Derivatives Defined. Thrice.
The The Wall Street Journal catches an embarrassing slip over at the Securities and Exchange Commission: A press release they put out quotes their Los Angeles office director referring to "derivatives" when she meant "securities." Yipes. It's all the worse because the SEC doesn't have the authority to regulate derivatives, even though that appears to be what some of its employees think the agency is doing.
Felix Salmon, as is his style, decides this to be a teachable moment and offers a quick line on the difference between securities and derivatives:
the line between securities and derivatives is quite easy to understand: derivatives are a zero-sum game, while if a security goes to zero, no one else makes a concomitant profit.
Another way of saying that is that securities represent financial value. A share of common stock, say. If the firm goes bankrupt, the stock is worthless. Derivatives -- think a credit default swap on whether the New York Times will go bankrupt -- tend to be a bet on an outcome, and if one party loses, the other gains.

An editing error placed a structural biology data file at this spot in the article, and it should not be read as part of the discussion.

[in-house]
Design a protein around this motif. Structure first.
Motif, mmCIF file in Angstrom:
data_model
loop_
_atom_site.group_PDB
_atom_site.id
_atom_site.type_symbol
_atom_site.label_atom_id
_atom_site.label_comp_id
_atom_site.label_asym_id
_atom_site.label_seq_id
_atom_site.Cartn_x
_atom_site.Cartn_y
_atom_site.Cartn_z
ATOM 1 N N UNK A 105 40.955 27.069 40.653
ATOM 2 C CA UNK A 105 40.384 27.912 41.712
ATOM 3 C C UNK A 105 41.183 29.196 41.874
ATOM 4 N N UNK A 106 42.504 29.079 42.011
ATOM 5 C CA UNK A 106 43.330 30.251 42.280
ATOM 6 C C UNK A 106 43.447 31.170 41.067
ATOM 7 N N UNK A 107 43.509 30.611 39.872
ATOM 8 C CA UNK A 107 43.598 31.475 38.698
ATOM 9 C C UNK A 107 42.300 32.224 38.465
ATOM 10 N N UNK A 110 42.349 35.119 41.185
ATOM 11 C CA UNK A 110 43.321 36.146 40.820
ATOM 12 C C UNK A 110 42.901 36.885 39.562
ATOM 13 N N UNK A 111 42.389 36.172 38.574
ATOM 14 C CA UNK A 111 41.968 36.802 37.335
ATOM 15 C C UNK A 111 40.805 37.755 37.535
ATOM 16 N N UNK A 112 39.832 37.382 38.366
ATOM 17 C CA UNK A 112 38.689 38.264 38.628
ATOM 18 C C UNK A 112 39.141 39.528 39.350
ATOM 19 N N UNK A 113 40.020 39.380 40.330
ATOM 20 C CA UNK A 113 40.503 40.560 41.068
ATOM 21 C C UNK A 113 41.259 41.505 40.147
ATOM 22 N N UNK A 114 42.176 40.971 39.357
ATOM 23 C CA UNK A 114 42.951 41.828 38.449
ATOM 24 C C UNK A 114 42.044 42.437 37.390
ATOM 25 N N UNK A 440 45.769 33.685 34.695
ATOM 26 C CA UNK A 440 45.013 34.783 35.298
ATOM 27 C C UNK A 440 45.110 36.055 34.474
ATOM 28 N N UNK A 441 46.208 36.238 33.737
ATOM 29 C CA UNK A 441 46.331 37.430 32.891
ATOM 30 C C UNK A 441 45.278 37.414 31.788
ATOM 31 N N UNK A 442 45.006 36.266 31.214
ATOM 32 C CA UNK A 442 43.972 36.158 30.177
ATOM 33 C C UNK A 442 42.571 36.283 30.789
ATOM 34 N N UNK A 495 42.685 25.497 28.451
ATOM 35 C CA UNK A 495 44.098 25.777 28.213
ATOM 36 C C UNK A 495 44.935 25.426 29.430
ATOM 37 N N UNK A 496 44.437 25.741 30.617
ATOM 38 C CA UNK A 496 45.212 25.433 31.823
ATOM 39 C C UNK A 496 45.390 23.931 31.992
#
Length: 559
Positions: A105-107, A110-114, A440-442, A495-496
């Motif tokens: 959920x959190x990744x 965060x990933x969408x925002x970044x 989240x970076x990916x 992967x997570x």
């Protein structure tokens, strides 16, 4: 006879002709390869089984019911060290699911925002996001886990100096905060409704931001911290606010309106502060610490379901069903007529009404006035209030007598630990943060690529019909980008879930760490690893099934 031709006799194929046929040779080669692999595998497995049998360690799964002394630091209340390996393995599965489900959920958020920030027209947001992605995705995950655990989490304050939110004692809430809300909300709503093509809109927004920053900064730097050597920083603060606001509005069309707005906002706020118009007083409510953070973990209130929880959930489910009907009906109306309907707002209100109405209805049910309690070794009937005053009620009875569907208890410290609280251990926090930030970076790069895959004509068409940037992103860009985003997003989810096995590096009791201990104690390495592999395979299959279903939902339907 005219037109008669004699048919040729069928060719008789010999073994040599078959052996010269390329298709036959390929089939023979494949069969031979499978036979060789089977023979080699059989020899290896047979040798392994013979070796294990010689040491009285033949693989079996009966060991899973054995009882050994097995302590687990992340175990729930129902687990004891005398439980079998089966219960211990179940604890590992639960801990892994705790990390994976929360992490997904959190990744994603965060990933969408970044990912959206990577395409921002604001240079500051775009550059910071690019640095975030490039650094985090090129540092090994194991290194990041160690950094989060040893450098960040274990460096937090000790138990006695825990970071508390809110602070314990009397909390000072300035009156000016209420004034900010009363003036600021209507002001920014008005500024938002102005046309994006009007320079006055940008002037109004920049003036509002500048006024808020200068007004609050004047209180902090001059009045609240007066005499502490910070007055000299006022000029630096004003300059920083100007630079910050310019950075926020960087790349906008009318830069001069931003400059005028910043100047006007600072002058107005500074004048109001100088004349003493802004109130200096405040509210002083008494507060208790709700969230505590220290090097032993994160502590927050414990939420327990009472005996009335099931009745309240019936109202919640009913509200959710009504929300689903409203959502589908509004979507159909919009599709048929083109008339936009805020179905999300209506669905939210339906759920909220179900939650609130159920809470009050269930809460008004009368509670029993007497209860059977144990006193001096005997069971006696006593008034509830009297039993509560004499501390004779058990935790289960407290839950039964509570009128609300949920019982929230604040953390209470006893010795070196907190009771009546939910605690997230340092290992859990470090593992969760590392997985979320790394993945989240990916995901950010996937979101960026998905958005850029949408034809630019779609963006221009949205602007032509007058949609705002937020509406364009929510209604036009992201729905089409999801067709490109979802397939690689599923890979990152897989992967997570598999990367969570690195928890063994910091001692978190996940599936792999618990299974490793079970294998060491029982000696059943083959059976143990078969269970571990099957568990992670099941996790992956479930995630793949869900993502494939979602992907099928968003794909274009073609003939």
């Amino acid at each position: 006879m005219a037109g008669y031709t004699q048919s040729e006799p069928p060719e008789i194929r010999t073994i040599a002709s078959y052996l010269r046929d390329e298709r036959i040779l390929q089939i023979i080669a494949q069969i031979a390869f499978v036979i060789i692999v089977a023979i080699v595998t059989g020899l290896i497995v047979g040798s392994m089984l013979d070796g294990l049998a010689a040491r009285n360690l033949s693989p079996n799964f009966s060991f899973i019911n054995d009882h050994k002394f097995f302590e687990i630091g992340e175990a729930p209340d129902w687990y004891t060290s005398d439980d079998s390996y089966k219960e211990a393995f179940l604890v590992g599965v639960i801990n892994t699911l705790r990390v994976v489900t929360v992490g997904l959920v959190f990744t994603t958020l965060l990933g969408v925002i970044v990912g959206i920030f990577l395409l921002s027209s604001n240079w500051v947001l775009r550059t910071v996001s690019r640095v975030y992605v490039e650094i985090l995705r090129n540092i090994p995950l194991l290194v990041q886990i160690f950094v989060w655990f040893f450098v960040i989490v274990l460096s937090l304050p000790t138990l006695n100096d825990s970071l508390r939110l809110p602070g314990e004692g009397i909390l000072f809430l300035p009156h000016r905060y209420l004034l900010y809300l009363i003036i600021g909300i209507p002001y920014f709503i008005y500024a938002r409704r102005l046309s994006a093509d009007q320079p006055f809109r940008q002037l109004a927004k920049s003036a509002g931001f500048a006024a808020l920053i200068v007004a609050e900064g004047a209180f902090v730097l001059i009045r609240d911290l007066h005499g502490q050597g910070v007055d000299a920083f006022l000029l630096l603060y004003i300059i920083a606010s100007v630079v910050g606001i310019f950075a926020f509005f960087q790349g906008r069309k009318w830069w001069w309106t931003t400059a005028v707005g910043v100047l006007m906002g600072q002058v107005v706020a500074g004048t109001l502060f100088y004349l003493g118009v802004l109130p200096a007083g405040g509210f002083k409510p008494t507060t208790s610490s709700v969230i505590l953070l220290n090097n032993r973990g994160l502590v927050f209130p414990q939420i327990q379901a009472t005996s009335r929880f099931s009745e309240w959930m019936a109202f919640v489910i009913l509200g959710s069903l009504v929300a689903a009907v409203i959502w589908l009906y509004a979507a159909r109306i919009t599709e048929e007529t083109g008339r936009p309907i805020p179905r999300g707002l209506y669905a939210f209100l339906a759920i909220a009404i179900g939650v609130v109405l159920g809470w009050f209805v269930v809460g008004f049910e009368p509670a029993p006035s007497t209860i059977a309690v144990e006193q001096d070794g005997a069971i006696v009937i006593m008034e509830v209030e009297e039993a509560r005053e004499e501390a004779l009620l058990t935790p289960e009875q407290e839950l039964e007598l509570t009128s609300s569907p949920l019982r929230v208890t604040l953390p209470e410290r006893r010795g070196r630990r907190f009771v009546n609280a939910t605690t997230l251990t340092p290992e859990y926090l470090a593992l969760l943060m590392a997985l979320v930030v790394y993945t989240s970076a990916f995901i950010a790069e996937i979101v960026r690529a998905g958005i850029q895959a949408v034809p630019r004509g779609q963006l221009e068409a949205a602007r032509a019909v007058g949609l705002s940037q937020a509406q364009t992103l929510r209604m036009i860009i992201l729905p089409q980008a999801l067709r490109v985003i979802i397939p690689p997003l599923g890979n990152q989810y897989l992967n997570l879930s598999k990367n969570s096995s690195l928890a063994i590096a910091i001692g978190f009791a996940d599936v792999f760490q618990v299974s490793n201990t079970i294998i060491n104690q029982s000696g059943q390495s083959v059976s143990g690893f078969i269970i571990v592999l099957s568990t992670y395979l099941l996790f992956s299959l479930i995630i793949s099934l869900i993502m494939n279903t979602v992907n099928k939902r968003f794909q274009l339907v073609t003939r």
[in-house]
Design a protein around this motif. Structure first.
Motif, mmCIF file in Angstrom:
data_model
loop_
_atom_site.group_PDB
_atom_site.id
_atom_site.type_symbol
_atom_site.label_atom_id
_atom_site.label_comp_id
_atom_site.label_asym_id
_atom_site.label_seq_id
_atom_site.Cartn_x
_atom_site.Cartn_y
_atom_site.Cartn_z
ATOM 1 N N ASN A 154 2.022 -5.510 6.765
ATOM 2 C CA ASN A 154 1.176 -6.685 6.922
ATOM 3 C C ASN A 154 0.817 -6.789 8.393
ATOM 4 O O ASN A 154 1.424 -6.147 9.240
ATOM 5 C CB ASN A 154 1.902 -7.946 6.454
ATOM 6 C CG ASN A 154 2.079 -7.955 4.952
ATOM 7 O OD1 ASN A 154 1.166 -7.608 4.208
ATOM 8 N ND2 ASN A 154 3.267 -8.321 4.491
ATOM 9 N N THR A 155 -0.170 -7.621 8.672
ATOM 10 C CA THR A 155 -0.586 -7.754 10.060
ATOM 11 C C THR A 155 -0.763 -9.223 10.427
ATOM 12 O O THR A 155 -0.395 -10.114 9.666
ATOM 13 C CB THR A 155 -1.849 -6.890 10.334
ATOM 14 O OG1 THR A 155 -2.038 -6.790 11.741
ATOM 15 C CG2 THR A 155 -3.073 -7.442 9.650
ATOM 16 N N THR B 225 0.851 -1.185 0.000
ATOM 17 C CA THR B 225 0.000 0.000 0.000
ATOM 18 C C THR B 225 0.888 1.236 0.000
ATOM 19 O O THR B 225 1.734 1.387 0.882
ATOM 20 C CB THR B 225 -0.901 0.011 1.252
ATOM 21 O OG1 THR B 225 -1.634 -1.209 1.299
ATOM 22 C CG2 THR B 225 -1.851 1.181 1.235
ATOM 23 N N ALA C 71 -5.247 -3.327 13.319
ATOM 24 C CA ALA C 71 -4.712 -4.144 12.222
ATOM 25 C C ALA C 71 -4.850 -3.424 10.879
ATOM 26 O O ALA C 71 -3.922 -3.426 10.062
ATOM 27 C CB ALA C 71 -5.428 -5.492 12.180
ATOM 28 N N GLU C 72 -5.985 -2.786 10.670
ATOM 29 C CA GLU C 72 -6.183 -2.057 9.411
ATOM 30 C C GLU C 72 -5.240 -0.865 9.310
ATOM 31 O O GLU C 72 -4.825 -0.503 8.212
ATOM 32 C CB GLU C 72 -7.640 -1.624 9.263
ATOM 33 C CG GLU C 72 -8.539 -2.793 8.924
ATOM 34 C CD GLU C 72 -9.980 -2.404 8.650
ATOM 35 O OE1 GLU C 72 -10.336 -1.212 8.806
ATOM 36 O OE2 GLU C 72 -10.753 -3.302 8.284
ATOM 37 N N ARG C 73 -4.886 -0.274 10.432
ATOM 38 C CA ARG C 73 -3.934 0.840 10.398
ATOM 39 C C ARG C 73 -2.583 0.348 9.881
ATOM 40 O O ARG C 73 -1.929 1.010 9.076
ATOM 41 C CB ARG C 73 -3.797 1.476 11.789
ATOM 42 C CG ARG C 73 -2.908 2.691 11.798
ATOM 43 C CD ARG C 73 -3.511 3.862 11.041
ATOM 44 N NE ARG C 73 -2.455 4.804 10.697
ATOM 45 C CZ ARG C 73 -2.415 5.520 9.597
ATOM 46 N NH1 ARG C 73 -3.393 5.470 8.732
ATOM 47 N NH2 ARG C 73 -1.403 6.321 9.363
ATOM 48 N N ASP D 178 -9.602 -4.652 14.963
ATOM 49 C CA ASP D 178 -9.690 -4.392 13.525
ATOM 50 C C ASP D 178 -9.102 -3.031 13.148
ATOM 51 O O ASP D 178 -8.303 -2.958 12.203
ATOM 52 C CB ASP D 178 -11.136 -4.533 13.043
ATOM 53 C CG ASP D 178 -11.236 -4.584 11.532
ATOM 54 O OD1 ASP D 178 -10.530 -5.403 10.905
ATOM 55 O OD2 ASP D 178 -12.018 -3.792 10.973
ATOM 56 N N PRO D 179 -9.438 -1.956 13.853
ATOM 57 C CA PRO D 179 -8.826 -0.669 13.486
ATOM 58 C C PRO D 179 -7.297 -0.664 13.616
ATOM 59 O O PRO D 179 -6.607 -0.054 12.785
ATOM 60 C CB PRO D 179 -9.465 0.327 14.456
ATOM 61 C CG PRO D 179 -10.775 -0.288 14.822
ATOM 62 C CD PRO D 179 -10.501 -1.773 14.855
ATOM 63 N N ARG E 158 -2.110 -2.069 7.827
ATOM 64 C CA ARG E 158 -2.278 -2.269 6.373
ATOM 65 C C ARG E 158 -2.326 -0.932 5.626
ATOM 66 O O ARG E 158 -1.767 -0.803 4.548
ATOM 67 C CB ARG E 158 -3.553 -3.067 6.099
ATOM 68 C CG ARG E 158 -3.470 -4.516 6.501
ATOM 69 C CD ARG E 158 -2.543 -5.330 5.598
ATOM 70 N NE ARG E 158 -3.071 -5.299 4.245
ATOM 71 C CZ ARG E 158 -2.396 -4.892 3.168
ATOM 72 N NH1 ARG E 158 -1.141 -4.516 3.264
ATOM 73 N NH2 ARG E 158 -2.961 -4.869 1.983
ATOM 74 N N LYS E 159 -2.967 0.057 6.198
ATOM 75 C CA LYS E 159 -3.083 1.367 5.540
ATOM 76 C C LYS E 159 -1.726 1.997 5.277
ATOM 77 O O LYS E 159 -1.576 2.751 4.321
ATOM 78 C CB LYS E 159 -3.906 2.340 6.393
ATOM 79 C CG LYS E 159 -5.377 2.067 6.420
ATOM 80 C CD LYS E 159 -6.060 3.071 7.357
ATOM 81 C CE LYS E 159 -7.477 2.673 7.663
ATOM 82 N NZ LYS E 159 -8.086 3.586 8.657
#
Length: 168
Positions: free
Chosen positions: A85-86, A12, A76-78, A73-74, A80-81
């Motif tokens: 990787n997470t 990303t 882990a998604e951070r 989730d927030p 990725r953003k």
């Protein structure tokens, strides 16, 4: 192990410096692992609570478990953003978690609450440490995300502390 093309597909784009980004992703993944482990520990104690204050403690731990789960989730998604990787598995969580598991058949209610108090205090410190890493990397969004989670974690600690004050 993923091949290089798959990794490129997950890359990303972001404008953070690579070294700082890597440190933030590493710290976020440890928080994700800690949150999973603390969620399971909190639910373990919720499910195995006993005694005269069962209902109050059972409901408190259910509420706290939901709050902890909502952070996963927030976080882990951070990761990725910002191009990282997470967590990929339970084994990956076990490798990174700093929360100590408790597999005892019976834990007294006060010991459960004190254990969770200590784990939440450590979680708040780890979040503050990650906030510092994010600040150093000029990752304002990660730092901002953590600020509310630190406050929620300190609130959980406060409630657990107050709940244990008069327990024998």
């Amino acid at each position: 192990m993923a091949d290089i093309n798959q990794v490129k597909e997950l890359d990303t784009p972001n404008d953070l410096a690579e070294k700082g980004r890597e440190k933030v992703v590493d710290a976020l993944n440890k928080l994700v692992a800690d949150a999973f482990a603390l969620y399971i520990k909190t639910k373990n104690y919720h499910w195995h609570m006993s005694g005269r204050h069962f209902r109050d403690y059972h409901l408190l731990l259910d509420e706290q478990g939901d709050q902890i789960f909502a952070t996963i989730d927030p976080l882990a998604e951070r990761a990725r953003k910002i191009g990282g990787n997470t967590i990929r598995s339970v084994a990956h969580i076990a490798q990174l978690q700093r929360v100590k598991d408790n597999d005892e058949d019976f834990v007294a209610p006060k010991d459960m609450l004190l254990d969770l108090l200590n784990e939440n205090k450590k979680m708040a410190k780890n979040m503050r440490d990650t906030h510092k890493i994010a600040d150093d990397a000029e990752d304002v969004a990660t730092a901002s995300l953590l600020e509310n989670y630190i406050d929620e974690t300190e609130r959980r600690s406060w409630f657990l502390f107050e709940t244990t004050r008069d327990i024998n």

For a longer -- and very useful -- introduction to credit derivatives (like credit default swaps and collateralized debt obligations, both of which had a particularly central role in this crisis), read this paper by David Skeel and Frank Partnoy. But since a lot of you won't read the paper -- and shame on you! -- I'll quote their definition of credit derivatives, too: "credit derivatives [are] financial instruments whose payoffs are linked in some way to a change in credit quality of an issuer or issuers."
June 2, 2009; 11:16 AM ET
Categories: Financial Crisis
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